Jaguars take baby steps in the right direction
Laurent Robinson came out of nowhere to be one of the breakout stars of 2011. (Getty Images)
At some point during the 2012 season, there's a definite possibility that Jacksonville will have Chad Henne tossing a pass out to Laurent Robinson. Does that potential make the Jaguars any more dangerous? They have no choice but to hope that it does.
Wednesday -- in addition to re-signing DE Jeremy Mincey, a huge keep for the defense -- the Jaguars plucked Robinson and Henne out of free agency.
Robinson's the higher-profile pickup of the two, mostly because the Jaguars will be asking their new $32.5 million man to take the lead in saving the team's receiving corps. Jacksonville threw for just 136.2 yards per game last season, by far the lowest number in the league. The team's leading receiver, Mike Thomas, topped out at 44 catches and 415 yards.
The Jaguars' receiver spot was a complete and total wasteland. Robinson has the potential to help, but it's a risky proposition.
Why? Well, in his five injury-plagued years in the NFL, Robinson has bounced around between three teams and struggled to find consistent playing time. Only once he arrived in Dallas last season did he excel, coming out of nowhere to catch 54 passes and 11 touchdowns.
The difference between playing for the 'Boys and the Jags is that Jacksonville cannot provide Robinson the protection of guys like Dez Bryant, Jason Witten and Miles Austin, nor does it have Tony Romo slinging the ball around.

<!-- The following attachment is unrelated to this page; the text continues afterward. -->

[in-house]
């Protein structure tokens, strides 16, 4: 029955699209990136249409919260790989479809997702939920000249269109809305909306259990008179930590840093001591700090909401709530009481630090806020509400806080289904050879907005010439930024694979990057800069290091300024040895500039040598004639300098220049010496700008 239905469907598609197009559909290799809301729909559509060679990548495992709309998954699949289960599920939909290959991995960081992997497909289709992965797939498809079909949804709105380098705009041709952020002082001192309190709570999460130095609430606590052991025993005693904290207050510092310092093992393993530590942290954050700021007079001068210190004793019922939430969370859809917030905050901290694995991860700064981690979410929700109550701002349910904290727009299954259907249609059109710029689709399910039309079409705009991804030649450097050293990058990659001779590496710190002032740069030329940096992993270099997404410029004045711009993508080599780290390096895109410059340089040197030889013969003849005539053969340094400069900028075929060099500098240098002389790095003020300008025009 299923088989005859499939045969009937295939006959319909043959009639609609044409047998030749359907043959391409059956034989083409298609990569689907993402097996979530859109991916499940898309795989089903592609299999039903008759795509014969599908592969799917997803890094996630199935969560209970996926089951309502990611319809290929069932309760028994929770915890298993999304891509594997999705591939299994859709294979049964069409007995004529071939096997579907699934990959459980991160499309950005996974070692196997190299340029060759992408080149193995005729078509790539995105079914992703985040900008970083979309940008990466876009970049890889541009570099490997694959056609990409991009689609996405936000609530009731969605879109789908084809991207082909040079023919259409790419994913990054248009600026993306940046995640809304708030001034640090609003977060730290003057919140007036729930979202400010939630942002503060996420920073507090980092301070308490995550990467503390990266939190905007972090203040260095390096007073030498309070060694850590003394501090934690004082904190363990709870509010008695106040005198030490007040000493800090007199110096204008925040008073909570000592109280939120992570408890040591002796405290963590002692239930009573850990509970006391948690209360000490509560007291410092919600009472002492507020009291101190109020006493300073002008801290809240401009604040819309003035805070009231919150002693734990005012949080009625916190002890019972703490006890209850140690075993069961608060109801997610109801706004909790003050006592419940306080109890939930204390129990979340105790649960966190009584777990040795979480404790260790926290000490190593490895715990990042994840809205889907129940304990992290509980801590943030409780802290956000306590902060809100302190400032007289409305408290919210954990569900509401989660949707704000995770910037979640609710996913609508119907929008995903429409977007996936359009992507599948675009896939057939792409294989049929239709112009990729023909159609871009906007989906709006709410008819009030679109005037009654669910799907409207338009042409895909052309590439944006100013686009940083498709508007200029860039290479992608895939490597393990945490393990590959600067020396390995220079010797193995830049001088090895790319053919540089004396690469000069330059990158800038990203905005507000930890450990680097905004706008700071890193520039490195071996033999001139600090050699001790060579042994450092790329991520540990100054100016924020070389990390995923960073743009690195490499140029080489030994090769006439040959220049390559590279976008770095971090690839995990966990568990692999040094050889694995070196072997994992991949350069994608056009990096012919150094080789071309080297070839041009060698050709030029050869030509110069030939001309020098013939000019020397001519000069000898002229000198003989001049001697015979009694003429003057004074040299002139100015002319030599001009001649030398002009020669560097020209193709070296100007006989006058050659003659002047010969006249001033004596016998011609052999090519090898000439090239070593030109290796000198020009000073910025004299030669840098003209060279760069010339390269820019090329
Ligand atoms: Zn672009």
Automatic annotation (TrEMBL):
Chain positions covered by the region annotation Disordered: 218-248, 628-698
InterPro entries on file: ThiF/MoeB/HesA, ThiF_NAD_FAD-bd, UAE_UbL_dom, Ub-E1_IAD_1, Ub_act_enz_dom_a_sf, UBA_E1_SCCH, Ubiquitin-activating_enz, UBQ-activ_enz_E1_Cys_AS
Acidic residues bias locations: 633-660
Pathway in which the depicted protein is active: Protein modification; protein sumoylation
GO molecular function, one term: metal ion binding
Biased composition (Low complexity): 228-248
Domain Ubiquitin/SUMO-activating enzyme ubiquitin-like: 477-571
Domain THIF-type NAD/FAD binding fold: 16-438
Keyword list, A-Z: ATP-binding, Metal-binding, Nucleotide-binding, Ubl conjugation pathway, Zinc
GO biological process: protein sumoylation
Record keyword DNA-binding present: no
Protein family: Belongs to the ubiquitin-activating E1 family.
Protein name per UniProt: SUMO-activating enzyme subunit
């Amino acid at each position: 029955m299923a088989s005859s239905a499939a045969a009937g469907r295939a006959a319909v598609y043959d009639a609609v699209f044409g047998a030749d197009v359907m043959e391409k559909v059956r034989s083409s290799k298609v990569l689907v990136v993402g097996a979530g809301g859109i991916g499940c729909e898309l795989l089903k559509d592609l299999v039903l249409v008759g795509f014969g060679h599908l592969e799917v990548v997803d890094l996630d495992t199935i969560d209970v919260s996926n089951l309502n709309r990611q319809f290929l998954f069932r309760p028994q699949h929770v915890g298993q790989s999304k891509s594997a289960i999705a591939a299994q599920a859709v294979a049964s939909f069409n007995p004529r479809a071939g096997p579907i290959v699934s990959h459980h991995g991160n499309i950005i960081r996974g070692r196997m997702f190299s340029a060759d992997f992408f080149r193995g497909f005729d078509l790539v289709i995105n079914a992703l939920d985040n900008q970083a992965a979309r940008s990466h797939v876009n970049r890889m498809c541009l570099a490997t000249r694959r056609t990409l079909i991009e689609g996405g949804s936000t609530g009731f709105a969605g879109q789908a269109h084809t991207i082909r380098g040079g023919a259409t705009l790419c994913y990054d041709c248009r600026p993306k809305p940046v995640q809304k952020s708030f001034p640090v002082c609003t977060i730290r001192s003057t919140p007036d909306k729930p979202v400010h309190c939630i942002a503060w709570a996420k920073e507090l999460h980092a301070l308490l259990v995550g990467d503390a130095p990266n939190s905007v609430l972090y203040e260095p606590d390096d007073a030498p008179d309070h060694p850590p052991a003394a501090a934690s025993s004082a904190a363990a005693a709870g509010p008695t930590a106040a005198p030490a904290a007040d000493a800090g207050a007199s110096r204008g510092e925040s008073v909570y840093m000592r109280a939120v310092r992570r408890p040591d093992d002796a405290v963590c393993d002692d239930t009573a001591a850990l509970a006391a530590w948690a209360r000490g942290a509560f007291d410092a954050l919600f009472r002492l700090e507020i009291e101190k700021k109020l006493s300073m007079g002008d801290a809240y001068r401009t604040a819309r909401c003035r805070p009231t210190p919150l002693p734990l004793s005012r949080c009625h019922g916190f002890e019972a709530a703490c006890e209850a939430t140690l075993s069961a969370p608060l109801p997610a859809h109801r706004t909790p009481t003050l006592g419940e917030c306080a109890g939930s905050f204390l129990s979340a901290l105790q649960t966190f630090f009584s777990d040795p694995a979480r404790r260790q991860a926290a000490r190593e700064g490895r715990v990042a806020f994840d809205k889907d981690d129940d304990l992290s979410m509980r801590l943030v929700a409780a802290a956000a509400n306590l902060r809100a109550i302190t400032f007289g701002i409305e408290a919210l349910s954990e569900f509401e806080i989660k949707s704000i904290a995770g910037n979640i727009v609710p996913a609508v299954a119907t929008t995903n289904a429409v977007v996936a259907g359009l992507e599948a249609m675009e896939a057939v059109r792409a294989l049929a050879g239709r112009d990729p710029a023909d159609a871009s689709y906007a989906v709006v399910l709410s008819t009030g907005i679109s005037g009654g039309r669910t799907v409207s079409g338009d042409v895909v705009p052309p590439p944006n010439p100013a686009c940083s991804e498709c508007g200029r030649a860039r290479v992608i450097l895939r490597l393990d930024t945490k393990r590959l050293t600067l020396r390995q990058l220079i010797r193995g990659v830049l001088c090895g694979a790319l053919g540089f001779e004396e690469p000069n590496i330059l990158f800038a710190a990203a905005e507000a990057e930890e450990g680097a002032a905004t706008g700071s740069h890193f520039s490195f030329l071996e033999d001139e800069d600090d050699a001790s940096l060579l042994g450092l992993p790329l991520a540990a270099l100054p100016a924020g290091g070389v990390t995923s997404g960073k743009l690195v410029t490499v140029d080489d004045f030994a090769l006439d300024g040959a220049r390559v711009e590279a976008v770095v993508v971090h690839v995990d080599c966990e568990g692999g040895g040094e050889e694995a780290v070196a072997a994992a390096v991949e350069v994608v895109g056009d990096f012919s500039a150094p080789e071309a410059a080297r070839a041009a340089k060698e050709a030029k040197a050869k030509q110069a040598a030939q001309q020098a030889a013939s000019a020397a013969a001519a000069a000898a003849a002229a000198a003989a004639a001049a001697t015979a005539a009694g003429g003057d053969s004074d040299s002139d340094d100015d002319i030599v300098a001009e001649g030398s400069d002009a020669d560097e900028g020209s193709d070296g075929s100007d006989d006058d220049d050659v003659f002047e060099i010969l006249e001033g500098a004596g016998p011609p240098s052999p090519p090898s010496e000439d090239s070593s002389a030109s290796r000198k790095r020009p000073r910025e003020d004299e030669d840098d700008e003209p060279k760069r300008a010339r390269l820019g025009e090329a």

And that's where Henne comes in.
The former four-year starter at Michigan never took off during his time in Miami, with his 2011 season ending due to a shoulder injury just four weeks into the schedule. Henne ended his Dolphins days with 31 touchdowns and 37 interceptions -- hardly what Miami had in mind when it used a second-round pick on him in 2008.
But Henne found a surprising amount of teams interested in his services once he hit free agency, an indication that the league as a whole thinks there's still some talent there. He now enters a situation in Jacksonville that looks primed for a backup QB to swoop in and take over.
Thus far, the Jaguars have thrown their support behind Blaine Gabbert, who endured a miserable rookie season filled with terrible reads and even worse decision-making. Gabbert will enter 2012 as Jacksonville's No. 1 QB, but how much room for error does he have?
The signing of Henne, who has two-plus seasons of starting experience under his belt, hints that there could be a quick pull if Gabbert stumbles.
Robinson's presence will heighten the urgency too, fairly or not. Jacksonville has put a lot of faith in Robinson to pick up where he left off in Dallas, but we may not know until Week 1 or 2 -- and even longer, if Gabbert can't make the requisite throws -- if Robinson is capable of taking over as a lead receiver. Instead of slipping under the radar against man coverage, he may now draw bracket looks and opposing defenses' top cornerbacks. That will take some time to adjust to, assuming Robinson even succeeds against those obstacles.
Jacksonville had to give this a shot, though, thanks to the combination of its 2011 nightmarish production at receiver and the speed with which the free-agent options came off the board.
The expectations won't be quite as high for Henne now that he's in Jacksonville, but that may change if Gabbert struggles out of the gate. The Jaguars' offense really has nowhere to go but up after a dismal 2011 season. Robinson and Henne may not have all the answers, but at least it's a step in the right direction for a team that had been standing still.